I’m a doctor – here’s a little-known ‘reverse psychology’ trick that can send you to sleep in minutes

Have you ever found yourself tossing and turning in bed, wide awake as the minutes and hours ticked by?

It is estimated that one in three Britons regularly suffers from insomnia – defined as having difficulty falling asleep and sleeping disorders NHS.

dr Karan Rajan shared a seemingly counterproductive tip that will help you fall asleep in minutes


dr Karan Rajan shared a seemingly counterproductive tip that will help you fall asleep in minutes

If you’re the type of person who wakes up feeling unrested every day, one doctor has revealed a “weird” tip that should help you find your way into nod land.

post on tick tockNHS surgeon Dr. Karan Rajan told his five million followers that he suffered from insomnia when he started working as a doctor.

At first, he didn’t think his seemingly counterproductive ploy — which involves a bit of reverse psychology, or “paradoxical intent” — would work.

But dr Rajan was surprised at how easily it helped him fall asleep, he said in the Video.

He explained how to go about it: “Basically, you say to yourself, ‘I won’t sleep,’ and stay awake — as if you’re not reading a book, on the phone, or watching TV.” , Nothing.

“You just lie in bed with your eyes open and force yourself to stay awake.

“Tell yourself, ‘Don’t go to sleep, don’t go to sleep’.”

“A lot of times you’ll feel tired and fall asleep, and that’s worked for me.”

In the caption to his video, the doctor said this technique is called “paradoxical intention”:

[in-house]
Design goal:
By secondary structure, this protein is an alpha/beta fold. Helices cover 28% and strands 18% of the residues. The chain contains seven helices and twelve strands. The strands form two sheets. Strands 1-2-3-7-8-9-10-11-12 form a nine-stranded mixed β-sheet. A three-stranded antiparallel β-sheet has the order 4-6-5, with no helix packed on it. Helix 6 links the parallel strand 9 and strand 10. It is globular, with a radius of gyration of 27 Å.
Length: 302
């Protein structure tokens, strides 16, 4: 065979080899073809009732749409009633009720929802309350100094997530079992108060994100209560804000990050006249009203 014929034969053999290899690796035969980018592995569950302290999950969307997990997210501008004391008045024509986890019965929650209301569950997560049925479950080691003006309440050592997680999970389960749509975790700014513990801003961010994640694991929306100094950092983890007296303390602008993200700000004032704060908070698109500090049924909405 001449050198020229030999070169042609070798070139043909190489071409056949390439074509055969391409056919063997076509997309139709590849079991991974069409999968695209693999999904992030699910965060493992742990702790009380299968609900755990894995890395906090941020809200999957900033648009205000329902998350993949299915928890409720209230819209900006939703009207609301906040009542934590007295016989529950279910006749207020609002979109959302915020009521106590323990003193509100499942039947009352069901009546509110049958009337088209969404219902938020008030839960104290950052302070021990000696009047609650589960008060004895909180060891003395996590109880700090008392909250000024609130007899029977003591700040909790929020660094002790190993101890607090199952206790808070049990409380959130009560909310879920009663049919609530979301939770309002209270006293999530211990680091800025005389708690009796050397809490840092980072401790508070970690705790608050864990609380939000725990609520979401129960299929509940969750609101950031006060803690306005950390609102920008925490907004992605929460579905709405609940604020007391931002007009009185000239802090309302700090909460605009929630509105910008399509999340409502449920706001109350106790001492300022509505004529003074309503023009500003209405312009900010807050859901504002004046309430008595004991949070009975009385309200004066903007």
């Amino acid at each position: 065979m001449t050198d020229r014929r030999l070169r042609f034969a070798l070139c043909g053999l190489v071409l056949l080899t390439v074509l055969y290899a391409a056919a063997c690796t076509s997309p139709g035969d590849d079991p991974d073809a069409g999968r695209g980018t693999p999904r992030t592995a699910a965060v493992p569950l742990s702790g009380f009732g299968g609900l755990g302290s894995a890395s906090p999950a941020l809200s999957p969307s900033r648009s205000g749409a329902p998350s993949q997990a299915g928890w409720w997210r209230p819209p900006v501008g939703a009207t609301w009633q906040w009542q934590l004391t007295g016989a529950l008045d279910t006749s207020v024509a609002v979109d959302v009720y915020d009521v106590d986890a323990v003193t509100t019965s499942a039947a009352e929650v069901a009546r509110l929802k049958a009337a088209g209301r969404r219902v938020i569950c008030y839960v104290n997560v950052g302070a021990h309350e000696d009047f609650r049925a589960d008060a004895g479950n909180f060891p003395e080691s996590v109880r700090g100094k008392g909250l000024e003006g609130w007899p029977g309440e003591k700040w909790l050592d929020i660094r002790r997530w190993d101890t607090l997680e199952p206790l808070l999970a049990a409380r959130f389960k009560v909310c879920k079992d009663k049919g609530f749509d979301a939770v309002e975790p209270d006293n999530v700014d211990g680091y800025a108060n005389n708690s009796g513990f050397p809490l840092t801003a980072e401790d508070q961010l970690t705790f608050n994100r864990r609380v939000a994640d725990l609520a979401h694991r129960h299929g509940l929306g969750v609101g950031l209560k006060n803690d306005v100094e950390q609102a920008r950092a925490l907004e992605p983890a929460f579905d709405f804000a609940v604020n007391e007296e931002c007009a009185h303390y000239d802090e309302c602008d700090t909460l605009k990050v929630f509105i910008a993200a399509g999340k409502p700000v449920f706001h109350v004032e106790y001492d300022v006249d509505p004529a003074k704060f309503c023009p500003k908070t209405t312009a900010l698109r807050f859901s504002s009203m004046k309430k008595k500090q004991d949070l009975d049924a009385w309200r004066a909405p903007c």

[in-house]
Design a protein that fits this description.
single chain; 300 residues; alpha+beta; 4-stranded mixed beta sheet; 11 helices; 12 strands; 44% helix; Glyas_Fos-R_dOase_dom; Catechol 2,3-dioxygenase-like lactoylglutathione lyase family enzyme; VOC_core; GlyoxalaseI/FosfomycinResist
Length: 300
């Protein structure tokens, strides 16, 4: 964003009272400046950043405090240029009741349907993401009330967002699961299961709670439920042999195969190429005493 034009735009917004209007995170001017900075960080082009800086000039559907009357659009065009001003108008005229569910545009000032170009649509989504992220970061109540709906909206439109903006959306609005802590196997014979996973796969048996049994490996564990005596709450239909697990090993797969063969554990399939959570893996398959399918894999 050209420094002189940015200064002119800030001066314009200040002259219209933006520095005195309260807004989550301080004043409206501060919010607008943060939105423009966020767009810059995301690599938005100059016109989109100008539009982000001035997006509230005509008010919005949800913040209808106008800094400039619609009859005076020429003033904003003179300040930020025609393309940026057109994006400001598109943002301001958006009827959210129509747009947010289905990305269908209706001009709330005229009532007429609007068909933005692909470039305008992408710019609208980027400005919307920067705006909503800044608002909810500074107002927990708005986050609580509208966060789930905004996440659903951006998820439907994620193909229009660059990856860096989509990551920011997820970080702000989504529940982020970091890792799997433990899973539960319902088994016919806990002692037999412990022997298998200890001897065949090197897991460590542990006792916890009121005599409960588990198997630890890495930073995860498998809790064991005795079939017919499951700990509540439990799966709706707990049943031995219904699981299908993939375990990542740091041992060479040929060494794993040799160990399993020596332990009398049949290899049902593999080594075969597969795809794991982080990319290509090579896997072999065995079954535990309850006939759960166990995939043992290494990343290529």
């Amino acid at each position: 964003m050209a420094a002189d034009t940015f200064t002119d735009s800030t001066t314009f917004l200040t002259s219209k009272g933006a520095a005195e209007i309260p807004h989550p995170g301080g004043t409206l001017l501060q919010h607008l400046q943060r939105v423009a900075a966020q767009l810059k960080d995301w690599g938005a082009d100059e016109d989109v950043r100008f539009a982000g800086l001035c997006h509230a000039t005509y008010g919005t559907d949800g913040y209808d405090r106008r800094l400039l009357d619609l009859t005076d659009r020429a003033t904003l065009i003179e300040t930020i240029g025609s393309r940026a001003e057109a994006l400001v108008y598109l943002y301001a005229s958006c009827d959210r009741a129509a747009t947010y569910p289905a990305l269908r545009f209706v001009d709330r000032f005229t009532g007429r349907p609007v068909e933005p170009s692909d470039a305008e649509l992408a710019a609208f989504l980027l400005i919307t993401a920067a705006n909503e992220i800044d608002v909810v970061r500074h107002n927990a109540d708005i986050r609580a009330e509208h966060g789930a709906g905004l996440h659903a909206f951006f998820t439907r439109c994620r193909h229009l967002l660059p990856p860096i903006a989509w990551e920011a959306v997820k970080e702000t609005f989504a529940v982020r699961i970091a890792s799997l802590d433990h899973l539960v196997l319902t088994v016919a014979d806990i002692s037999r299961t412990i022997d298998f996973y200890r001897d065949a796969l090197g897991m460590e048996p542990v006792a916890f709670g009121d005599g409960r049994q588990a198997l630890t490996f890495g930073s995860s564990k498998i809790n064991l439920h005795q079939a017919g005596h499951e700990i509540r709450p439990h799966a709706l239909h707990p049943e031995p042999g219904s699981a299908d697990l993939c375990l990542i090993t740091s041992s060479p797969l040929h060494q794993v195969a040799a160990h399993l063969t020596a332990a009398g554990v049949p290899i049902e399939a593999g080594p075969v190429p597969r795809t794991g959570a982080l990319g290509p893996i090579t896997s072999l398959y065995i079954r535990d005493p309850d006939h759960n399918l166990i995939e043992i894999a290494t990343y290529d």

“If I tell you not to think about a polar bear, guess what you’ll think first?” he said.

One viewer commented below the post: “It’s the only thing that helps me. Thanks.”

Another wrote: “You posted this topic in another video and now this is what I do to sleep.”

A third person said she had suffered from insomnia since childhood and although the trick didn’t work then, she has had success with it more recently.

Viewers suffering from insomnia seemed eager to implement the tip, with one saying: “It’s 3.24am right now. I’m trying to do that now.”

Responding to comments below the post was Dr. Rajan that he was able to completely overcome his insomnia “once”. [he] I stopped watching TV late at night.

Another sleep-inducing trick he talked about is the 10-3-2-1 method, which involves cutting out caffeine 10 hours before bed and cutting out big meals three hours before bed.

If you want to learn more about numbered sleep tricks, you can also use the 4-7-8 method by Dr. Try Daisy Mae.

On average, adults need between seven and nine hours of sleep every night.

According to the NHSYou suffer from insomnia if you regularly:

  • finds it difficult to fall asleep
  • wake up several times during the night
  • lying awake at night
  • wakes up early and cannot go back to sleep
  • Do you still feel tired after waking up?
  • You find it difficult to take a nap during the day even though you are tired
  • Feel tired and irritable during the day
  • You find it difficult to concentrate during the day because you are tired
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You can try changing your sleeping habits to reduce your insomnia symptoms by going to bed and waking up at the same time each day, reading instead of bed scrolling, making your bedroom dark and quiet, and getting regular exercise during the day.

However, you should talk to a GP if changing your nighttime habits doesn’t help or you’ve had trouble sleeping for months.

Russell Falcon

Russell Falcon is a USTimesPost U.S. News Reporter based in London. His focus is on U.S. politics and the environment. He has covered climate change extensively, as well as healthcare and crime. Russell Falcon joined USTimesPost in 2023 from the Daily Express and previously worked for Chemist and Druggist and the Jewish Chronicle. He is a graduate of Cambridge University. Languages: English. You can get in touch with me by emailing russellfalcon@ustimespost.com.

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